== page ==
Description: This church is the tallest building in the town dates back to 1077 when William, the Duke of Normandy and King of England, were in power. It is adorned with intricate stained glass windows and if you have a chance to visit the crypt, you’ll see the amazing frescoes.
Location: Cathedrale Notre Dame de Bayeux, 14400 Bayeux, France
Notes: Be prepared to wait in line for at least a hour and spend at least 45 minutes walking through the maze of underground passages
Abandoned Hospital – Center Du Vexin – Sanatorium Aincourt
Description: Built in 1933, this hospital was constructed with the purpose of tuberculosis treatment. Later, caught in the middle of WW2, it was taken hold by militia and turned into a concentration camp in 1941. Despite being able to hold 150 people, it quickly fluctuated to over 600 ‘suspected individuals’ with those being held then being sent to places such as Auschwitz. Soon after, in 1942, it was turned into a military training camp and then after the war was reopened as a hospital 1946 only to be finally closed decades later and registered as a historical site since 1992. The ruins exist for 2 of the 3 pavilions (the third still being used by the current hospital in service), the laundry building, morgue and some additional housing. Currently, it is decorated with graffiti with most windows missing and some walls and ceilings crumbling. The overgrown foliage is taking back the building as it continues to decay.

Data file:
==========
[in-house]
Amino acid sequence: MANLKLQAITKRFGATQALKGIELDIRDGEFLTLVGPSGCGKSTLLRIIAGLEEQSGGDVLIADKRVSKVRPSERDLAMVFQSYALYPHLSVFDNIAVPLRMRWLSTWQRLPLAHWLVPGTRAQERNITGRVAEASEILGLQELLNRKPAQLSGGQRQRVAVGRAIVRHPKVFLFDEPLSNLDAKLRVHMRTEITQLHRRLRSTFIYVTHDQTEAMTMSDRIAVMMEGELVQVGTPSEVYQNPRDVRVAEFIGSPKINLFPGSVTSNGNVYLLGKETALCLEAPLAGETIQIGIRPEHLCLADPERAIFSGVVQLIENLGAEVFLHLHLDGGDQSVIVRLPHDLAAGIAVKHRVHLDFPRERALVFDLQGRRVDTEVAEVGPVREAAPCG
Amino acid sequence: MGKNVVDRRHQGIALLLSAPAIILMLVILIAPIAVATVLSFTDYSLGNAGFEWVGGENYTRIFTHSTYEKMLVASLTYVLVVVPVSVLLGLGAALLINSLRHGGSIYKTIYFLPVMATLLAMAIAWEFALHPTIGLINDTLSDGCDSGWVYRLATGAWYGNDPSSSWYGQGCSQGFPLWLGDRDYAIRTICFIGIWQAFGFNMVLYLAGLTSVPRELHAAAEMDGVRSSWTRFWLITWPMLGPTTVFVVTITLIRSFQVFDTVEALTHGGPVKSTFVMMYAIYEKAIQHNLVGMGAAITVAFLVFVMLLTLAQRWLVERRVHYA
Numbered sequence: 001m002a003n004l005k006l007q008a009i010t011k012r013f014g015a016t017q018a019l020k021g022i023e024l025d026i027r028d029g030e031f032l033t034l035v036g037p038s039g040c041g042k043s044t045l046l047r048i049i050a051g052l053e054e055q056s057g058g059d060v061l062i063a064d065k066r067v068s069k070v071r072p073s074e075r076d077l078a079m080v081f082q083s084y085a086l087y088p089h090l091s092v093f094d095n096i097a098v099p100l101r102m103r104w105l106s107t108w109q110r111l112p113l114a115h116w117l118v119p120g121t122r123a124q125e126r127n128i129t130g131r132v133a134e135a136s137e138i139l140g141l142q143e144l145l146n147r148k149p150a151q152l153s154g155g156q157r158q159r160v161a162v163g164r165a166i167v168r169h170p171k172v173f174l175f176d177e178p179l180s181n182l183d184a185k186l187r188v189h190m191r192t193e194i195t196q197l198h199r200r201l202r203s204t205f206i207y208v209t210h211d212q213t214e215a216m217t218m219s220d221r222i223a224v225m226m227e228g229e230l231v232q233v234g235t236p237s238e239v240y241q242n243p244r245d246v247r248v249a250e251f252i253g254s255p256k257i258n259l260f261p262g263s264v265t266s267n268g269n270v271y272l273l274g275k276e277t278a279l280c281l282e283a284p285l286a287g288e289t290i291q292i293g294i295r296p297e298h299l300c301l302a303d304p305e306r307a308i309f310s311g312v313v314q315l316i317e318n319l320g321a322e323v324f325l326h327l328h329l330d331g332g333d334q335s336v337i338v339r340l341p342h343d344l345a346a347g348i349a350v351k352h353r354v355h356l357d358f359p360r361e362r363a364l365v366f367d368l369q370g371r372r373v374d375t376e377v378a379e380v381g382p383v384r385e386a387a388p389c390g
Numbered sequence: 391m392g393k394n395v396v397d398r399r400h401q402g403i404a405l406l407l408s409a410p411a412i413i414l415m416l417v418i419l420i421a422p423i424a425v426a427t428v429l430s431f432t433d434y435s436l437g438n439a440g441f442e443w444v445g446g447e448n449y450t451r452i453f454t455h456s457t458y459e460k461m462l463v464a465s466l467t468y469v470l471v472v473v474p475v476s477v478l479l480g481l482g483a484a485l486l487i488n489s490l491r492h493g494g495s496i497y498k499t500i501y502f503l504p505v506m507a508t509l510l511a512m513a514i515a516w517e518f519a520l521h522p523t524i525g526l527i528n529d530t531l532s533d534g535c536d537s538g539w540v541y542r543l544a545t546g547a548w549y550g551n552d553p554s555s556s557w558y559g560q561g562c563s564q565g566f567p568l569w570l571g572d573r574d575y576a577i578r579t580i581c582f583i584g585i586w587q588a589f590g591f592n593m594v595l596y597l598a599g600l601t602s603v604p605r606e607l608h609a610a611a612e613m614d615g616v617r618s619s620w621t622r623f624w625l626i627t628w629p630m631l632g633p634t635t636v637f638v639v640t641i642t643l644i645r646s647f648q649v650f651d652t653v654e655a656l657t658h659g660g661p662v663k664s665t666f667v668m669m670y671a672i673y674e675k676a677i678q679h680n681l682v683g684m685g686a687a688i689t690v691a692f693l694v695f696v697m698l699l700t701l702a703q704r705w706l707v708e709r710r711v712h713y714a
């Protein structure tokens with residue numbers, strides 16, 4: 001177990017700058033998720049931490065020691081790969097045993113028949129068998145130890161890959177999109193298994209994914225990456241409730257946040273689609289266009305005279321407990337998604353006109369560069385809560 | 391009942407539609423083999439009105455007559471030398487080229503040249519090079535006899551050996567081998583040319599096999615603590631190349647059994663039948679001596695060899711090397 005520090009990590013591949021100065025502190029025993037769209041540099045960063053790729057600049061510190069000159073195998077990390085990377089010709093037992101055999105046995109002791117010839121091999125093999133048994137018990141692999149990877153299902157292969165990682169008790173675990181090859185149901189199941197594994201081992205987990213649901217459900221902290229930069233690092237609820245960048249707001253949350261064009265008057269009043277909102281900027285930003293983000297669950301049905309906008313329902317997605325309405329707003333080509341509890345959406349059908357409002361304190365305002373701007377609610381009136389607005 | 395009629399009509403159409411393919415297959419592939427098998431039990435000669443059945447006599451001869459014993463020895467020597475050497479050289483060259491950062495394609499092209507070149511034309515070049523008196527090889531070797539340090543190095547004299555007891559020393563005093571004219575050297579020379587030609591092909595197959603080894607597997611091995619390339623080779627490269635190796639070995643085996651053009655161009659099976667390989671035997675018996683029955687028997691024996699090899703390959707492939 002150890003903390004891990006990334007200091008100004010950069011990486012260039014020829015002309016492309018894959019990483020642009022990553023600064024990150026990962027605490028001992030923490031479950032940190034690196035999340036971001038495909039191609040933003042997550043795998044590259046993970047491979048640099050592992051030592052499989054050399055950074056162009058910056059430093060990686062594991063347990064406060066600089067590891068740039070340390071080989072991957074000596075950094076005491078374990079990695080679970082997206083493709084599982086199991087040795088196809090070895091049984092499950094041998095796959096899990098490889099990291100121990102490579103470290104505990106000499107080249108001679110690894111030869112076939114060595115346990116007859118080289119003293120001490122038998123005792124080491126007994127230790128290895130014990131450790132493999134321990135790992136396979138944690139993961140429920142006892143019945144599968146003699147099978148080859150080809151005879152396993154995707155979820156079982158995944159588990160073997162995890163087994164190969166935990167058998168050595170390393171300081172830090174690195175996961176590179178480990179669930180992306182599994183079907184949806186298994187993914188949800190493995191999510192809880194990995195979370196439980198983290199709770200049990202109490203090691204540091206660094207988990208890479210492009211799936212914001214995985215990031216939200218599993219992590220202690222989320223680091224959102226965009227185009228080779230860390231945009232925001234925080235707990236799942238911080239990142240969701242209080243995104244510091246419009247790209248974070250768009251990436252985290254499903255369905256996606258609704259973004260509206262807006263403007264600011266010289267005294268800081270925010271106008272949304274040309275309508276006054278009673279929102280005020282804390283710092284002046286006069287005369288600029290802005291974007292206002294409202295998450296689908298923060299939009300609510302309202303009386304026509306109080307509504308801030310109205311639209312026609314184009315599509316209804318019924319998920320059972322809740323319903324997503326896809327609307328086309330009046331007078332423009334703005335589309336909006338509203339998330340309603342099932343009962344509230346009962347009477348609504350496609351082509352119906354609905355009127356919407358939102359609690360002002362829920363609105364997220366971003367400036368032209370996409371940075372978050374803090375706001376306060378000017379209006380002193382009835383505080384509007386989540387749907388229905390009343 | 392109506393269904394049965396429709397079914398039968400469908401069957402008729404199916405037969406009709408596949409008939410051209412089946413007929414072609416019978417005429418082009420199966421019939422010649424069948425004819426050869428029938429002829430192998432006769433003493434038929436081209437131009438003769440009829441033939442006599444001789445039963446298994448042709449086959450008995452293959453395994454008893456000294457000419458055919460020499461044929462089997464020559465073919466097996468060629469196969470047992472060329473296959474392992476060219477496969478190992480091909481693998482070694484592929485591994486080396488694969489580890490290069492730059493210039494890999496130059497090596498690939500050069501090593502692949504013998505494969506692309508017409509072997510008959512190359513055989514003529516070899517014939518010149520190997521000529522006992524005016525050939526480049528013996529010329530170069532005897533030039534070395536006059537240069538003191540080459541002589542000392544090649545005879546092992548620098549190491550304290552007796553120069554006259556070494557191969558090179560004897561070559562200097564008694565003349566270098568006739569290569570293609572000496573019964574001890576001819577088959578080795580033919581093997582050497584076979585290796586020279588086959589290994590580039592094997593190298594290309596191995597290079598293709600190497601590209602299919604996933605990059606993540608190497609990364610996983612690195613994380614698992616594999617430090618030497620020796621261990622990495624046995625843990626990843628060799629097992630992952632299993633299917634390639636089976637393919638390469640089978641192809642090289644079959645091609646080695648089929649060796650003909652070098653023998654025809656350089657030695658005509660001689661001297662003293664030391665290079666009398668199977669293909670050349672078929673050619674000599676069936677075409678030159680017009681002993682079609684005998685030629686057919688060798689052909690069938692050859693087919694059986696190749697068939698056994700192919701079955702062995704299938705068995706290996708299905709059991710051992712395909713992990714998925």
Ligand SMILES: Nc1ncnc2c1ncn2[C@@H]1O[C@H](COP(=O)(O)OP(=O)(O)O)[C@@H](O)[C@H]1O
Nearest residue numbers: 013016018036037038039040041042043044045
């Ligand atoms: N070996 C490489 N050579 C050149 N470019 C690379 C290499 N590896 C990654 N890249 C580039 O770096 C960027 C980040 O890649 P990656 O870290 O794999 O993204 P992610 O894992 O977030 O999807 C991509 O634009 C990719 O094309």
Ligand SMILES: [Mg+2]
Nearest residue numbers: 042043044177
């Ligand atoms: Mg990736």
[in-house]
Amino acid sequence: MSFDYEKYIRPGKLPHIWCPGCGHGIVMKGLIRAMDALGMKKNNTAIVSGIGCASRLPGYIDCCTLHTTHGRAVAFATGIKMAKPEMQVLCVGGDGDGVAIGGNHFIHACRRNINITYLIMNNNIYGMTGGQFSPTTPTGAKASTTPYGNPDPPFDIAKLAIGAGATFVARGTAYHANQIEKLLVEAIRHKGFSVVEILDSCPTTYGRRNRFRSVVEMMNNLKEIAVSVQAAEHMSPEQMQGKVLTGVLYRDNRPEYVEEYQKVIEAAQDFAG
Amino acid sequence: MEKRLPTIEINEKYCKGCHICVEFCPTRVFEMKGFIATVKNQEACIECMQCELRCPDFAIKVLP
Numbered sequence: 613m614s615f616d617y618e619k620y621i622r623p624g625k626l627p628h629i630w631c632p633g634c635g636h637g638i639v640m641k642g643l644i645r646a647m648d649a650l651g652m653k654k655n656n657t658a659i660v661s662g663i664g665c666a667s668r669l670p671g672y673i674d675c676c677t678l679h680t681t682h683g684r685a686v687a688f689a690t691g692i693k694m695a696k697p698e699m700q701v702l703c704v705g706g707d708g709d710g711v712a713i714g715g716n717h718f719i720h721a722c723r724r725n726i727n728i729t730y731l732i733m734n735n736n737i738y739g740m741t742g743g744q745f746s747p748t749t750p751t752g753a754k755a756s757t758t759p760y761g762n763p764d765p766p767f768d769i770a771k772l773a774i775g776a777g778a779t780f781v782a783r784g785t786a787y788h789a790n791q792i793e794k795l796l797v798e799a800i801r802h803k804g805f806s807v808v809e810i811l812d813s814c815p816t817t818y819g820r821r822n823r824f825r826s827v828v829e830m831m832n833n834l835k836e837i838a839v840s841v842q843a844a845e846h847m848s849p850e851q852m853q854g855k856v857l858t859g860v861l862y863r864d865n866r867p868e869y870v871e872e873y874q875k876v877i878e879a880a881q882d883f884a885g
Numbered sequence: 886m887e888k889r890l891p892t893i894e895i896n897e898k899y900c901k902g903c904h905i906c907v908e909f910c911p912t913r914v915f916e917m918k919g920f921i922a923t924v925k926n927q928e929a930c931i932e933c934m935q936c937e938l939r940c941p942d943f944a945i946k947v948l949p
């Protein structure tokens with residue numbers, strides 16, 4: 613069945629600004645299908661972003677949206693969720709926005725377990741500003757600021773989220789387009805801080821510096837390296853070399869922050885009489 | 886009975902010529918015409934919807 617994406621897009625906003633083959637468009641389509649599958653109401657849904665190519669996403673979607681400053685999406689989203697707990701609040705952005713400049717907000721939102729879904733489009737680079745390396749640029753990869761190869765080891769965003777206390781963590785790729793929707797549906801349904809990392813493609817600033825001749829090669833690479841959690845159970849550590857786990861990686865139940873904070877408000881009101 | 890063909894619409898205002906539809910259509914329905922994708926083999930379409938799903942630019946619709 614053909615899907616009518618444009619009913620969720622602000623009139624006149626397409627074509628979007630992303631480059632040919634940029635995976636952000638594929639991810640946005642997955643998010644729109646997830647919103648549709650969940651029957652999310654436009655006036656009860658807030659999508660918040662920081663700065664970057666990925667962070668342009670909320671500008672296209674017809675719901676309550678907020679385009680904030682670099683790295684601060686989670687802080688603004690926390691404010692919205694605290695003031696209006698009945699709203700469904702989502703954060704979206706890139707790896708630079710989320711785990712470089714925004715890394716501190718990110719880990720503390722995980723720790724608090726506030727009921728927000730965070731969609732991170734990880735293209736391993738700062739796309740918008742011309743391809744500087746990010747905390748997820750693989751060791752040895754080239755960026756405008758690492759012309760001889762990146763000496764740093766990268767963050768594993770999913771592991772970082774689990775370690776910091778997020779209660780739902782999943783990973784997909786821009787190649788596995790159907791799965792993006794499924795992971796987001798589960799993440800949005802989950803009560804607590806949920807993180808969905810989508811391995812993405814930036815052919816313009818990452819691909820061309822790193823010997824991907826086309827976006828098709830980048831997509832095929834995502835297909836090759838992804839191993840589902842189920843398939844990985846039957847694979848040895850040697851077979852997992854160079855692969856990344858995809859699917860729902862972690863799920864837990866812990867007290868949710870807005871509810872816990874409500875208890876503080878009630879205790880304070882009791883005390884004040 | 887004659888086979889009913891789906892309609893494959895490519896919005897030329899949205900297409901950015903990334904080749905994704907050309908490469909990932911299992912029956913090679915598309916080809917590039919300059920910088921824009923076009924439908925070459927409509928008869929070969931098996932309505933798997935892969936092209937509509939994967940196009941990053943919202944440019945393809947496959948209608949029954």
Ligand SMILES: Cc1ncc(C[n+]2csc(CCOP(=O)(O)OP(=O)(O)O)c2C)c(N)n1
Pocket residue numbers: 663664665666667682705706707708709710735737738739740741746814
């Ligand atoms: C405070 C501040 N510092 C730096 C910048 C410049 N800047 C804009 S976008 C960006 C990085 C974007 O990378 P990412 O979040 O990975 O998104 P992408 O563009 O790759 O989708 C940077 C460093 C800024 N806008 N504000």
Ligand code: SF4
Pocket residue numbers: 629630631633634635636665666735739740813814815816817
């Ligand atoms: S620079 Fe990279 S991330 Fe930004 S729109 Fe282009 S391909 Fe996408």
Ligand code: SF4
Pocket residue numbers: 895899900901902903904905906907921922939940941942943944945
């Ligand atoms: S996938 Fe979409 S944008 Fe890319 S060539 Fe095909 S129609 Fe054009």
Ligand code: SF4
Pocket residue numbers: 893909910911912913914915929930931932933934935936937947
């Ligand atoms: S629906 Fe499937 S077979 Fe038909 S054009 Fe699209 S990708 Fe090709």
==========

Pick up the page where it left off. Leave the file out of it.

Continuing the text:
Location: 25 Rue des Acacias 95510 Aincourt, France
Cost: free, but enter at your own risk